The MTA bus crash in downtown Nashville last week puts the spotlight firmly back on bus safety here in Nashville and elsewhere in the state. We tend to think of public transport options as being inherently safer than using your own car, but are they? Is there any justification for feeling too afraid to use a bus around the city?
Nine people were injured in last week’s crash on Union Street and 8th Avenue. The two drivers, the bus driver and the car driver, were both injured as were 7 bus passengers. None of these injuries appear to be serious, although all the injured people were taken to one hospital or another for inspection of their injuries and treatment where necessary.
Statistics for the Tennessee Department of Safety and Homeland Security reveal that of 261 deaths that took place in 2017 on state roads, only 2 of them were the result of a bus accident. That might be scant relief. Bus accidents may not happen with the same depressing regularity as cars and trucks, but the incidence of serious injuries and fatalities may be much higher for any individual crash.
Public bus accidents do not just involve MTA buses. There are school buses, too. Then there are long distance coaches like the ones run by Greyhound as well as chartered coach and bus transport for things like sports events, weddings and other functions.
Nashville residents may remember the awful Chatanooga school bus crash in 2016 that led to the deaths of 6 children from Woodmere Elementary School. The bus driver at the time has been convicted of vehicular homicide in addition to several other charges. It was alleged by prosecutors that the accident happened because the driver, Johnthony Walker was driving too fast as he negotiated a tight bend and was using his cell phone at the same time.
An unconfirmed report suggested that Walker had asked the 37 children in the school bus if they were “prepared to die” as he approached the bend.
Why bus accidents occur
Bus accidents may not be frequent but may still be avoidable and there is no reason for unnecessary injuries and deaths. As with any large vehicle, the victims may not be just the bus driver or passengers, but are even more than likely to be occupants of a smaller vehicle if it has been hit by the bus. The main reasons for bus accidents can be summarized below:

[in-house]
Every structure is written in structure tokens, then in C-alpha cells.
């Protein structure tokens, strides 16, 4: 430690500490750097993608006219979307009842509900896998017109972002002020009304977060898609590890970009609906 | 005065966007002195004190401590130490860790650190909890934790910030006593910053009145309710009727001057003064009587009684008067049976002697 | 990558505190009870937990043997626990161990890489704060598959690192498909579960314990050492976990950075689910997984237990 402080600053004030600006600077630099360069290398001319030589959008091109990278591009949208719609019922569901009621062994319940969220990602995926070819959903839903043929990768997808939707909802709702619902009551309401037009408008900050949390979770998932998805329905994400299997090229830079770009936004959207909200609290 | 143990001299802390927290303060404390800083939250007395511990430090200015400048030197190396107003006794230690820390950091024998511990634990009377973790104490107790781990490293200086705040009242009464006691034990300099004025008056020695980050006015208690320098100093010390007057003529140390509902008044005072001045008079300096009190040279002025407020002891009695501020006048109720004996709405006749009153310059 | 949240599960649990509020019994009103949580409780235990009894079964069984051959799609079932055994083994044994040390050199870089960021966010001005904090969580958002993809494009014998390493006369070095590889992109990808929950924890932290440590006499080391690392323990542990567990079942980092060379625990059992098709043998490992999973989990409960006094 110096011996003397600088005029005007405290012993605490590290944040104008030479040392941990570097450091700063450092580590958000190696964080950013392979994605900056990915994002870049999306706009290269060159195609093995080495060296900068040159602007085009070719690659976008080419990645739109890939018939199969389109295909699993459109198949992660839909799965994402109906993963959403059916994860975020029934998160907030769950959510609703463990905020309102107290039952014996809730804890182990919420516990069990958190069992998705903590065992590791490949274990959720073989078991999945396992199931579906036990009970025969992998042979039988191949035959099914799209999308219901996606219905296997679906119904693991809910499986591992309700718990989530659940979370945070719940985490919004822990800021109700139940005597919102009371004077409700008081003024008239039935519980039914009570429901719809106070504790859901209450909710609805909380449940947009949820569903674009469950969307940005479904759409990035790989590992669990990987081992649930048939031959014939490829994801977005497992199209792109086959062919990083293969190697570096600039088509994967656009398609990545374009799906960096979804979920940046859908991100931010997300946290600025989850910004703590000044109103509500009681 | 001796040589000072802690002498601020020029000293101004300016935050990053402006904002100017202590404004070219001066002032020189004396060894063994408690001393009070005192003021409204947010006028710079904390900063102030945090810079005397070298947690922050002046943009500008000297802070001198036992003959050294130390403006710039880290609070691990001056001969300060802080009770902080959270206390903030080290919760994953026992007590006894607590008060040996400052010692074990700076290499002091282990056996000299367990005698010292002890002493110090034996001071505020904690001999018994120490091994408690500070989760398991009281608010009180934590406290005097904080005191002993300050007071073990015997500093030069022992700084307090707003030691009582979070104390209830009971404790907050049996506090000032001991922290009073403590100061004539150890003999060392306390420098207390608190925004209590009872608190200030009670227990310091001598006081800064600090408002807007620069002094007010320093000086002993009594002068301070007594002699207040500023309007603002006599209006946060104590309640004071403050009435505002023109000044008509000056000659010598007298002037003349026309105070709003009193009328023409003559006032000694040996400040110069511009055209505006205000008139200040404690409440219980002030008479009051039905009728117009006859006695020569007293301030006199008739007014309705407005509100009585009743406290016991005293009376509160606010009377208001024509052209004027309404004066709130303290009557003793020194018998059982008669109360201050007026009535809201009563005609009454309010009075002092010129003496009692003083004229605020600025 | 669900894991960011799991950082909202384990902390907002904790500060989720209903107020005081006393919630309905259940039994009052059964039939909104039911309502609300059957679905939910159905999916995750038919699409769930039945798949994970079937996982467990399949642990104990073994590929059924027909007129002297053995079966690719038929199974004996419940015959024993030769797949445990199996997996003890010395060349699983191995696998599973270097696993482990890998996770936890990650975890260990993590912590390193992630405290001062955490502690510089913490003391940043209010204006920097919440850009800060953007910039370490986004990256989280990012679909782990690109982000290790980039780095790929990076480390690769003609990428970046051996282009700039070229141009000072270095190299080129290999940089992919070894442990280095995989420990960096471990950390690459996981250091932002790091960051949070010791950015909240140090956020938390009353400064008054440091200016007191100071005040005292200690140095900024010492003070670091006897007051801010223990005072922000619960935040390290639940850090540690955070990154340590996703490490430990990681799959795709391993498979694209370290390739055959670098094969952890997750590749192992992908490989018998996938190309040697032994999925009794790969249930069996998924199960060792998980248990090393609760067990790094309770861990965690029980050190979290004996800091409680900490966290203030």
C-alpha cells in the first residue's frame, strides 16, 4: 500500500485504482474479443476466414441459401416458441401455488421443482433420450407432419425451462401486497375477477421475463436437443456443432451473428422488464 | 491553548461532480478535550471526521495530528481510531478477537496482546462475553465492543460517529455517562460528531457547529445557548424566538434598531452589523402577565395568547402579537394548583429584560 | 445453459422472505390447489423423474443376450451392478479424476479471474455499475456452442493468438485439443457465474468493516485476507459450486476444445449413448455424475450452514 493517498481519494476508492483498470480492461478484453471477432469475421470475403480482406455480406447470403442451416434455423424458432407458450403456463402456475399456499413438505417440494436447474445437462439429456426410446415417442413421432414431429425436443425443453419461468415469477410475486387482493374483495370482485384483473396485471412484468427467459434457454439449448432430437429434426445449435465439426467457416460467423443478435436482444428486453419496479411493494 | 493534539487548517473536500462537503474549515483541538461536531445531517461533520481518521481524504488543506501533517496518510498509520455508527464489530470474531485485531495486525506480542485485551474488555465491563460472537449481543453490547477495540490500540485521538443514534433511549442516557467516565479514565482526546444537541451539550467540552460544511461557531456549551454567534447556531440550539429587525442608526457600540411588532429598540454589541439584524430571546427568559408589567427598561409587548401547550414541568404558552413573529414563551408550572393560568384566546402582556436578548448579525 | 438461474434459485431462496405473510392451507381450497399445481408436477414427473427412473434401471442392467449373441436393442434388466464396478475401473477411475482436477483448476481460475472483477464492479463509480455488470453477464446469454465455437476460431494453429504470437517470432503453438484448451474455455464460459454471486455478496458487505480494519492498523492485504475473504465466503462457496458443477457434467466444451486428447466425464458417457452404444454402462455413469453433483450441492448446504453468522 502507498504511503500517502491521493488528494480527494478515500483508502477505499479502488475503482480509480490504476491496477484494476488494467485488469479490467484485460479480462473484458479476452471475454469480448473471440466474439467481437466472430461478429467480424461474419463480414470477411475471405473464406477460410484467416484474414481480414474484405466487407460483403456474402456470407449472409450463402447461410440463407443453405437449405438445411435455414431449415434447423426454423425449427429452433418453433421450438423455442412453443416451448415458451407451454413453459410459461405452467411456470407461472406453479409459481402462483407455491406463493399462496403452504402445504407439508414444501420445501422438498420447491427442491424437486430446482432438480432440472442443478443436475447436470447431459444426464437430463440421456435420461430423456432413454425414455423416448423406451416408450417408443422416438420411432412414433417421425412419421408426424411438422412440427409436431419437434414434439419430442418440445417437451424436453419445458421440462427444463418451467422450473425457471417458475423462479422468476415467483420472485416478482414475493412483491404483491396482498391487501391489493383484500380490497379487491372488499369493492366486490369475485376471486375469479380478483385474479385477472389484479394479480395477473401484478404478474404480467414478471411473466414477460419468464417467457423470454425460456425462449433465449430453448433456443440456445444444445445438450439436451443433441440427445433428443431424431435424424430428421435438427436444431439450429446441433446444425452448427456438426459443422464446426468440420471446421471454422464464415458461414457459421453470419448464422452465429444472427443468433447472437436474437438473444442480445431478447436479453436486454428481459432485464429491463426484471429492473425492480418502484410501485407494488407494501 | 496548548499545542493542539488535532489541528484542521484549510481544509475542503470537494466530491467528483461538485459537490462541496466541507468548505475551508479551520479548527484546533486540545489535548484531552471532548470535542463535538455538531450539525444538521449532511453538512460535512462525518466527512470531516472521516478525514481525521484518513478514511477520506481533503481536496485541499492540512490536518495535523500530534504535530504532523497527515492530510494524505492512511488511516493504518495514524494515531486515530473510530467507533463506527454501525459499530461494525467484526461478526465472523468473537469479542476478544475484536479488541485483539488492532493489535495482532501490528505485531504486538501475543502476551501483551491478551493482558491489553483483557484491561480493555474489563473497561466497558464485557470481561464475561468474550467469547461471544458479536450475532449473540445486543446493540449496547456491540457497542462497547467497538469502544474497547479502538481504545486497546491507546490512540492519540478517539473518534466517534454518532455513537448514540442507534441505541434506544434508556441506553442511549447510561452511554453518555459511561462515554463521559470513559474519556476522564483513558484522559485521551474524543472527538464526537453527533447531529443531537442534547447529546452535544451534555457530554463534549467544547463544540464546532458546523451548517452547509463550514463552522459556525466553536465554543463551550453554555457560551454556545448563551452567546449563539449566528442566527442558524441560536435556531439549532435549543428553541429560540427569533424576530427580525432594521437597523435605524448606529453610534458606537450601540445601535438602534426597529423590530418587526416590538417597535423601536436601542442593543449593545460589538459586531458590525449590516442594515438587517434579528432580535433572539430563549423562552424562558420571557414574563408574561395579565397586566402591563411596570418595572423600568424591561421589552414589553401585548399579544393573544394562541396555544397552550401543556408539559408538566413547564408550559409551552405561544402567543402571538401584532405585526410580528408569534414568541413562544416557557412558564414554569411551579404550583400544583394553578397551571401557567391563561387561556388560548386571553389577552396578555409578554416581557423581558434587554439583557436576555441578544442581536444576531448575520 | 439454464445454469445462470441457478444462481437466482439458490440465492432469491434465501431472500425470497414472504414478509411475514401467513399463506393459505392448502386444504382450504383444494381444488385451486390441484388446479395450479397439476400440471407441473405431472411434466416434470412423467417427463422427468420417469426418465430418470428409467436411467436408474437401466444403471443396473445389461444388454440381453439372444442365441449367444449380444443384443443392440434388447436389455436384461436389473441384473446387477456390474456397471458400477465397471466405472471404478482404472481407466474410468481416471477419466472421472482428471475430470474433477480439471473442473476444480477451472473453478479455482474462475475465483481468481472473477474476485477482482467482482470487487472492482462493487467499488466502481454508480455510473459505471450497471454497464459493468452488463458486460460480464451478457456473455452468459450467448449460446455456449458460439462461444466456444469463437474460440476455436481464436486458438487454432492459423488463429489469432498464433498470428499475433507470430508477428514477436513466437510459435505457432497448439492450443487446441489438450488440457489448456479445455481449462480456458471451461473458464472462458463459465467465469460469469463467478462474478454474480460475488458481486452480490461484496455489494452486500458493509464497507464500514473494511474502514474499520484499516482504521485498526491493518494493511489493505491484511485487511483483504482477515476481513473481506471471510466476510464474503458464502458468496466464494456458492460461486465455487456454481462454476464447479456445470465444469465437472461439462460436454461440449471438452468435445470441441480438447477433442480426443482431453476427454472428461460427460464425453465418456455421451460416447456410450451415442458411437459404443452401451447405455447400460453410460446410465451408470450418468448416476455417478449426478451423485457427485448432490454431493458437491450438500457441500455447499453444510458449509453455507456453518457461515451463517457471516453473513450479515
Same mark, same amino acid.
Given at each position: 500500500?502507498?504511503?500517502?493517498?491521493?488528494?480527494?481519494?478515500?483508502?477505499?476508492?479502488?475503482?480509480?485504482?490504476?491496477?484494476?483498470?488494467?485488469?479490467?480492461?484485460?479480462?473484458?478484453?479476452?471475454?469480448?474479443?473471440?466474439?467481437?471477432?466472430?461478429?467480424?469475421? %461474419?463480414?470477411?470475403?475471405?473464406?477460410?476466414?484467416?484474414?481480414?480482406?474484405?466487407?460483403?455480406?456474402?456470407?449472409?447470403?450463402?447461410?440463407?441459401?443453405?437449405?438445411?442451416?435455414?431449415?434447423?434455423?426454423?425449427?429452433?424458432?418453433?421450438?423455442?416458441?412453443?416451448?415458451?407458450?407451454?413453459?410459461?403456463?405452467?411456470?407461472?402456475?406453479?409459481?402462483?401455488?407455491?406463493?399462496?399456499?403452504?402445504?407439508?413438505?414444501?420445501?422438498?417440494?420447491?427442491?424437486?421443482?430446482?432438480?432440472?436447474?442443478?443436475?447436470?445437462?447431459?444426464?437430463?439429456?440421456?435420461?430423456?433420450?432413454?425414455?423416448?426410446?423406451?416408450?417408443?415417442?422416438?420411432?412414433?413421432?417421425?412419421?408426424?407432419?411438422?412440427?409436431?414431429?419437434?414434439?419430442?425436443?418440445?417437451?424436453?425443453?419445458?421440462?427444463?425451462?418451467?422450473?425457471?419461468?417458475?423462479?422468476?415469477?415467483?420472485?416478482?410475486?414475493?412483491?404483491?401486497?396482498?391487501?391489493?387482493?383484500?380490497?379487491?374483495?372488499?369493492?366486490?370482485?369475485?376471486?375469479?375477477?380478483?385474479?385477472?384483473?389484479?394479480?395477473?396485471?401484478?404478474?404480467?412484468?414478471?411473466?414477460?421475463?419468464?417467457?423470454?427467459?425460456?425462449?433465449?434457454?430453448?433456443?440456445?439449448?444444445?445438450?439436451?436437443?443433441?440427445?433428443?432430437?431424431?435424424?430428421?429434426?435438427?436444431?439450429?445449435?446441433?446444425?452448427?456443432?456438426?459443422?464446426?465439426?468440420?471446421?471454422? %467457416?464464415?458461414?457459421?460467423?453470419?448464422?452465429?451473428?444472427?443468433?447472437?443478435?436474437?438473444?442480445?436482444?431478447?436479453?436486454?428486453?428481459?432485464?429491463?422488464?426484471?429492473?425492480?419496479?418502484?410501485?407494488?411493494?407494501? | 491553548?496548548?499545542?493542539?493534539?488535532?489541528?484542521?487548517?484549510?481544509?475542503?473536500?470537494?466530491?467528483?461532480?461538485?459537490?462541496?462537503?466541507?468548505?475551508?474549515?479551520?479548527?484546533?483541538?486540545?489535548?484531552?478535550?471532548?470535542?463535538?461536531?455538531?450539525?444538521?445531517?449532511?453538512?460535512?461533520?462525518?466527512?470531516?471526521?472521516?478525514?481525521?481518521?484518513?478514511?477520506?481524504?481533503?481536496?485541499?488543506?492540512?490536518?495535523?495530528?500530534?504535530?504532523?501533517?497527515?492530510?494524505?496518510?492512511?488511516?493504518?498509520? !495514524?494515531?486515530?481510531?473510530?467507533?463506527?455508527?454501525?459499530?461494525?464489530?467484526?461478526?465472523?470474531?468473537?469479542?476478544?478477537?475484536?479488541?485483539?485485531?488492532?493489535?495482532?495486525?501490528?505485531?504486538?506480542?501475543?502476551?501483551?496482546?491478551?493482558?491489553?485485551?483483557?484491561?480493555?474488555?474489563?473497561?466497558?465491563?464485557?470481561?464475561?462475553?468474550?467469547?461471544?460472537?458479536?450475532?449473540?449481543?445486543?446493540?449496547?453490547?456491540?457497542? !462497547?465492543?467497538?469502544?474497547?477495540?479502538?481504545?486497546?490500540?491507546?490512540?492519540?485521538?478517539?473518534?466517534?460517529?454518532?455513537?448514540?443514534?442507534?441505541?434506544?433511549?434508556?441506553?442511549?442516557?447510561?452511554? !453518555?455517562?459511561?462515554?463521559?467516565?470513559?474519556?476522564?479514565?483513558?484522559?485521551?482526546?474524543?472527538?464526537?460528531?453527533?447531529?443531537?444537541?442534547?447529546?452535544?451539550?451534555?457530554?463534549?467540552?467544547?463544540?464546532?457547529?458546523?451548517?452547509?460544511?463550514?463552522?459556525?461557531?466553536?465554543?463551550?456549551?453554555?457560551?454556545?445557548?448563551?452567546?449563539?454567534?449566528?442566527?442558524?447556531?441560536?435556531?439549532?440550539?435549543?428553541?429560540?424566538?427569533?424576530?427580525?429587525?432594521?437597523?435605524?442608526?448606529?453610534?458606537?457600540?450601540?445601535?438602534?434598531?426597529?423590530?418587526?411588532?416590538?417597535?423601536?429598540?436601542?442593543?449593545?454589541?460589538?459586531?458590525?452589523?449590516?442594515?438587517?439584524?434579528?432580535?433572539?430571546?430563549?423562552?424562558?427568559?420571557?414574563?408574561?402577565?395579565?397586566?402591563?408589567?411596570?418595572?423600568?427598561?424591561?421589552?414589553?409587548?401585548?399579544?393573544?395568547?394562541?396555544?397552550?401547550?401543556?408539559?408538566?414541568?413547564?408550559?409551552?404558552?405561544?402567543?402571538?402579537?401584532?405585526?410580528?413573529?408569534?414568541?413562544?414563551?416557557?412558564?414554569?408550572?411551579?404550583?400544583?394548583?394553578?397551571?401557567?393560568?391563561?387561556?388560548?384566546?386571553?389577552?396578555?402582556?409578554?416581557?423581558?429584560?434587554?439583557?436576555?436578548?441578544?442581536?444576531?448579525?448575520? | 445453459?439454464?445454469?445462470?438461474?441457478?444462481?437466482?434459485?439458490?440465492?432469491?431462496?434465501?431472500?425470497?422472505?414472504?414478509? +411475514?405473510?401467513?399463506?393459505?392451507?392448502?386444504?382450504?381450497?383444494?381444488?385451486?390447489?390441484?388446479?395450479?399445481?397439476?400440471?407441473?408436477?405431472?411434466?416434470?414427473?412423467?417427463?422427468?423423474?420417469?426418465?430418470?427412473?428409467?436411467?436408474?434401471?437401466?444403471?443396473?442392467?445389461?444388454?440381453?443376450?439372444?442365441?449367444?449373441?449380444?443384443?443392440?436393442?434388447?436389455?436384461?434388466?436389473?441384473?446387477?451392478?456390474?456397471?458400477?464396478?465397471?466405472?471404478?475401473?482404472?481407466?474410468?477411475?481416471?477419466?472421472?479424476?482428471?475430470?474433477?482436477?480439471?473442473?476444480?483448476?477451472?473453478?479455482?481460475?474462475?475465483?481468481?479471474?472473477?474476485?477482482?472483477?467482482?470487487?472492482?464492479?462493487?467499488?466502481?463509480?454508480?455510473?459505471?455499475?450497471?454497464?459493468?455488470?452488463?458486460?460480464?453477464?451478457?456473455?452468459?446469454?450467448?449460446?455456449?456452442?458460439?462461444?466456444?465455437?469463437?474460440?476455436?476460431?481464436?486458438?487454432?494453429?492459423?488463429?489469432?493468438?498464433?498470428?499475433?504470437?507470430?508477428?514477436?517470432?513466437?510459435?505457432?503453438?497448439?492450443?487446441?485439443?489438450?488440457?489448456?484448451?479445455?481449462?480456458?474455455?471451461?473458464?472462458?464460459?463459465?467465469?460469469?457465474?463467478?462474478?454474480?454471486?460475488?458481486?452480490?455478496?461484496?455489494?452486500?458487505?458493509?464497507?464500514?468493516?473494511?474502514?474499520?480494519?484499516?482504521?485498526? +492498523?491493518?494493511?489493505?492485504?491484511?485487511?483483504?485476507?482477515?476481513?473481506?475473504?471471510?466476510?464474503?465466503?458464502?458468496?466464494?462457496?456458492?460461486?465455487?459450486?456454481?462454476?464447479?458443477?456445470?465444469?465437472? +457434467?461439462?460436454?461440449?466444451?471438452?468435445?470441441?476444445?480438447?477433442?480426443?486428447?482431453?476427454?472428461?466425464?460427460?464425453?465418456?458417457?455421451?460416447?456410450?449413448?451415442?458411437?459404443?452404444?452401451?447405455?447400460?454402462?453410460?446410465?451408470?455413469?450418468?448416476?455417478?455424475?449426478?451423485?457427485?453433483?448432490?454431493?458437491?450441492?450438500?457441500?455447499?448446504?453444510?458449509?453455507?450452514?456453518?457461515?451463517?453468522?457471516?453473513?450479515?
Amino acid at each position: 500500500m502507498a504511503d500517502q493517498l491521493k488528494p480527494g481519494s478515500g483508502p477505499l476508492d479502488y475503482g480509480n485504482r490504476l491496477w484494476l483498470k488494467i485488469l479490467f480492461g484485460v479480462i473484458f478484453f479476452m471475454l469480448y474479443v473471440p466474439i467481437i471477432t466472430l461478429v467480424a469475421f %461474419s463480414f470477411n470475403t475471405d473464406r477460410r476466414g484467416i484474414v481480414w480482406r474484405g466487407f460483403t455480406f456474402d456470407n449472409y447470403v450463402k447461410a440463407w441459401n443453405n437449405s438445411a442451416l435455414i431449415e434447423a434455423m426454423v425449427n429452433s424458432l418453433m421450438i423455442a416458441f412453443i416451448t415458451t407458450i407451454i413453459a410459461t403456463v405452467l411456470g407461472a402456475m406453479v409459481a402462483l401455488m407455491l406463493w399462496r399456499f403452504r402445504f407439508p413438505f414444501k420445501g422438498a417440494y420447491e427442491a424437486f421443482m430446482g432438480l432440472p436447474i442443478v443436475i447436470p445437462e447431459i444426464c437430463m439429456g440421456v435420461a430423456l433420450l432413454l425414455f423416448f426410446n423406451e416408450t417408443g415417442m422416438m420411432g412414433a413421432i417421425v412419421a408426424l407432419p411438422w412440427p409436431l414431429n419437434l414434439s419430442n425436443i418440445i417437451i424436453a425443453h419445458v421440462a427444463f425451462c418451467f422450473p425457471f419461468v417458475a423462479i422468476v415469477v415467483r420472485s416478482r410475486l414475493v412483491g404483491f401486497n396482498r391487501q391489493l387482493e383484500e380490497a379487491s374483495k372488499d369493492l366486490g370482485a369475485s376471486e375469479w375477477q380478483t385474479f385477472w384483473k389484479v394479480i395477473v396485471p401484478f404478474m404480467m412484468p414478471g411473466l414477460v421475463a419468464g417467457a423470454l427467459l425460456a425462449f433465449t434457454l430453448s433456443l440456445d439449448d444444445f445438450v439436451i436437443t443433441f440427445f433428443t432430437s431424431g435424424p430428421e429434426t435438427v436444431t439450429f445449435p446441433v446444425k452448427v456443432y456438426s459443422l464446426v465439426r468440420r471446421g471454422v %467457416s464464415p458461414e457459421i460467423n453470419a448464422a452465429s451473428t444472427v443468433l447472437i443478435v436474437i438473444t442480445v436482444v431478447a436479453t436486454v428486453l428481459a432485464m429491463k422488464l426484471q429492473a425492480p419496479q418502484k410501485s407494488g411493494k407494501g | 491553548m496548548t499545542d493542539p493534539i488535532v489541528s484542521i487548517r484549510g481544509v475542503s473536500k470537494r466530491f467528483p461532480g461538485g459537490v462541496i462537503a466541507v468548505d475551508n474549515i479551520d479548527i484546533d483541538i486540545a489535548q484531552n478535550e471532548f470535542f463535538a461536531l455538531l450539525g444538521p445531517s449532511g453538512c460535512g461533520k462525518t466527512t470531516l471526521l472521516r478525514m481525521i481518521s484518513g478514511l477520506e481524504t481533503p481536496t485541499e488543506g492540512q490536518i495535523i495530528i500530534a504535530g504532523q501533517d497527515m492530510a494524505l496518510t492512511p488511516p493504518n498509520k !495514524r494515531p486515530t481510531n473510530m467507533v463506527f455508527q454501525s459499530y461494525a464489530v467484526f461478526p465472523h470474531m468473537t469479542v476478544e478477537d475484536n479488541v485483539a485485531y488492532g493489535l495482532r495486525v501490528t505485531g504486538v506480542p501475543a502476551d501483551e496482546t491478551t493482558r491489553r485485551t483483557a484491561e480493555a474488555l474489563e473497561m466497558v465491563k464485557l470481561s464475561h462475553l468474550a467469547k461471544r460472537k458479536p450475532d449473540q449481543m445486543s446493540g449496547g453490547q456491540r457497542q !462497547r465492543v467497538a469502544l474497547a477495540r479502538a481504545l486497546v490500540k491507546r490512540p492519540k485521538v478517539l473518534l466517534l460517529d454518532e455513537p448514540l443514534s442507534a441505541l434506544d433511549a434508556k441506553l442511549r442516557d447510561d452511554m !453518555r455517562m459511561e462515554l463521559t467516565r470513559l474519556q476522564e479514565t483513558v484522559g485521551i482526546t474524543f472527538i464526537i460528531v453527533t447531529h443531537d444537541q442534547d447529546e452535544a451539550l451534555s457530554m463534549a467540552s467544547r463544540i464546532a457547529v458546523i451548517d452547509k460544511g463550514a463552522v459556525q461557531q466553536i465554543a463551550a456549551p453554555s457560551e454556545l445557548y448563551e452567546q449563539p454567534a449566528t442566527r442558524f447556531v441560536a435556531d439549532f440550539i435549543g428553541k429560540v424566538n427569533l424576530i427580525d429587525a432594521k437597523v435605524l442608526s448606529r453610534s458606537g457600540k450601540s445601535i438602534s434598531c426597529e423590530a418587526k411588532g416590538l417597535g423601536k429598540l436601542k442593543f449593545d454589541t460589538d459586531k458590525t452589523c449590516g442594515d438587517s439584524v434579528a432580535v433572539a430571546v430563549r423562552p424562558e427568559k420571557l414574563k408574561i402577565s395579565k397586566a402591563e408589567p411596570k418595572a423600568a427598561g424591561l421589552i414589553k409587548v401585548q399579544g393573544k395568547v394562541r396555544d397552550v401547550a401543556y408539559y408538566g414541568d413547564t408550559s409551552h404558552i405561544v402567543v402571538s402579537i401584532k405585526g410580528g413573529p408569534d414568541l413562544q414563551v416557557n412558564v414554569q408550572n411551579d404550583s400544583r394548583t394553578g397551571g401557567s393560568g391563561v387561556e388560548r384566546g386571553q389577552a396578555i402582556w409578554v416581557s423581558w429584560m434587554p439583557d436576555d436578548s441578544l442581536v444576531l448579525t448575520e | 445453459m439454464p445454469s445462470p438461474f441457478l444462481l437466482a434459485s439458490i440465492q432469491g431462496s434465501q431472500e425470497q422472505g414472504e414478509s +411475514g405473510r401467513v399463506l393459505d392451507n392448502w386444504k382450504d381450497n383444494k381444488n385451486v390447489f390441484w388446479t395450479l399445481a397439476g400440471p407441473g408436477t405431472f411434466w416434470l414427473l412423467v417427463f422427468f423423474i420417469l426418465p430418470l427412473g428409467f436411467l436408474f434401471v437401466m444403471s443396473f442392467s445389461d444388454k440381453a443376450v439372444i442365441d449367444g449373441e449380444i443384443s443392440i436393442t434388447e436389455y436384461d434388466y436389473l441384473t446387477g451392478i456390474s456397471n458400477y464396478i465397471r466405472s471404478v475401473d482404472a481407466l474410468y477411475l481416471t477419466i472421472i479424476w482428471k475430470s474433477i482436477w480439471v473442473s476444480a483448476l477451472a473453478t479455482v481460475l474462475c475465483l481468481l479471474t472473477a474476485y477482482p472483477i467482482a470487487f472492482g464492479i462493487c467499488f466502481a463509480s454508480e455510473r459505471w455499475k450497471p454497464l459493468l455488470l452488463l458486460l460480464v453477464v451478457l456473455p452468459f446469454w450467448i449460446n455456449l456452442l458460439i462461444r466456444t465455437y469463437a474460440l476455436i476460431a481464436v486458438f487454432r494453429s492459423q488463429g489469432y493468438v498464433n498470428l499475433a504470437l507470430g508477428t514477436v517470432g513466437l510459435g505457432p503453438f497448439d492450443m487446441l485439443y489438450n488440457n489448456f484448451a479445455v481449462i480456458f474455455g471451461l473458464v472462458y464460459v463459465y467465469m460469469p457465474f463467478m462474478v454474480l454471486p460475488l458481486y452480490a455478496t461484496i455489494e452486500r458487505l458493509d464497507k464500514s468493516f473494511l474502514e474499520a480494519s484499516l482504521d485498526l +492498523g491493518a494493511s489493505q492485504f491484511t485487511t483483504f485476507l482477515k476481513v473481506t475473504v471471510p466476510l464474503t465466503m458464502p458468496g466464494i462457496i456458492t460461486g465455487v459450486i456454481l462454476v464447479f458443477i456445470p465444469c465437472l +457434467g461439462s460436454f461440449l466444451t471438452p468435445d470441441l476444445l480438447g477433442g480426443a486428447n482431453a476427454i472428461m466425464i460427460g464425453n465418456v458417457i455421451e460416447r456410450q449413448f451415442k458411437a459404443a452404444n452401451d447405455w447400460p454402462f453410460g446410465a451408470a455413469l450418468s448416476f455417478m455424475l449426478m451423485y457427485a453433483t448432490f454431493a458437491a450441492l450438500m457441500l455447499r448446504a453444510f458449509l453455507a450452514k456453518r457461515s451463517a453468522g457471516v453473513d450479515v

- The bus driver was distracted, most commonly by a cell phone call, just before the collision;
- Fatigue – theoretically, the bus driver shouldn’t be allowed to drive any more than a certain amount of hours, but this doesn’t mean he or she isn’t too tired to concentrate on driving for some other reason;
- Failure to stick to traffic safety rules, for example, failing to stop at a red light or a stop sign or yielding the right of way;
- Faulty equipment, such as brakes, steering, lights or a blind spot preventing the driver from seeing another close by vehicle;
- Failure to have the right qualifications (commercial driver’s license with passenger endorsement) checked by bus company officials or experience;
- Aggressive driving, such as speeding, tailgating and lane changing;
- Intoxication, use of alcohol or illegal drugs or the use of medication which led to an impairment of the senses or judgment.
To be fair, not all bus accidents are caused by either the bus driver or the bus company. The bus may be forced to swerve to avoid a collision when approached by another vehicle that is being driven dangerously. The driver may do his or her best to avoid a collision in such circumstances, but may be unable to prevent a crash.
A school bus was hit by a car driven by a 76 year old woman when the bus was stopped at a traffic light in Rogersville recently. Like the Chatanooga bus crash, all the passengers were elementary age children. The force of the collision in this instance did more damage to the car and the car driver, but some of the young school bus passengers received minor injuries.
Should I be afraid to use a bus or to allow my children to use a school bus?
There appears to be no reason why bus transport is inherently unsafe, even if accidents do occur from time to time. Whether you are safer using your own vehicle or a bus is a moot point, but most people make decisions about public transport other than just safety, i.e. because it is more or less convenient, can’t drive, don’t wish to drive, too difficult to find a parking space etc.
Bus accidents may be relatively rare, but they are certainly potentially devastating if the crash is a serious one. As an injured passenger, or the injured occupant of another vehicle involved in the crash, if you believe that the bus driver or the bus company was at fault, then you may have the option to claim damages from the driver, the bus company or whoever was at fault. Get in touch with an experienced Nashville bus accident attorney as soon as possible after the accident.